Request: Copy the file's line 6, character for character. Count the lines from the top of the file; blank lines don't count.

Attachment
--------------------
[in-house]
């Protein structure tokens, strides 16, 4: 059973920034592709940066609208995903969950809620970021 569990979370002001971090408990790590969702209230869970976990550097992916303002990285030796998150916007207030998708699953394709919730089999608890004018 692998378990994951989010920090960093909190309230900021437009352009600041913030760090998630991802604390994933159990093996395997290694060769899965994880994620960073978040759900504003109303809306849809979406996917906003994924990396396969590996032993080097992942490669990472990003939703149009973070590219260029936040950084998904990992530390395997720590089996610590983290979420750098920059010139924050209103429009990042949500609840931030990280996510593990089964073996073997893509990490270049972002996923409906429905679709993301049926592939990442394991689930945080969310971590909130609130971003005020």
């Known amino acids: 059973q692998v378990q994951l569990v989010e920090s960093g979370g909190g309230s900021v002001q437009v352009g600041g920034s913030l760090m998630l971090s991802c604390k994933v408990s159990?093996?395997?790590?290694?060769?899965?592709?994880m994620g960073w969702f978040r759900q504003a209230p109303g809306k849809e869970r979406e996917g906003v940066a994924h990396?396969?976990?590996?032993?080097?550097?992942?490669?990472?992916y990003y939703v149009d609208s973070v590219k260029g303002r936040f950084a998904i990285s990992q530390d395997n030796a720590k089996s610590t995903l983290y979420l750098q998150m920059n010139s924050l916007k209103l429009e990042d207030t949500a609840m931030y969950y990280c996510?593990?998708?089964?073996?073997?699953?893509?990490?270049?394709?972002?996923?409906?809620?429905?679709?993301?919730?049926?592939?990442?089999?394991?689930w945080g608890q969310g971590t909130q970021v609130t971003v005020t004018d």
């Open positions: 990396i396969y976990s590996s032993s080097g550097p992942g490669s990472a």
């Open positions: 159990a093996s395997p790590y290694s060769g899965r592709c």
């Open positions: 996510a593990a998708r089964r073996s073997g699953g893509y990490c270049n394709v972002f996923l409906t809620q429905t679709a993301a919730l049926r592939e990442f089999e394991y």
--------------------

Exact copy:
């Open positions: 996510a593990a998708r089964r073996s073997g699953g893509y990490c270049n394709v972002f996923l409906t809620q429905t679709a993301a919730l049926r592939e990442f089999e394991y």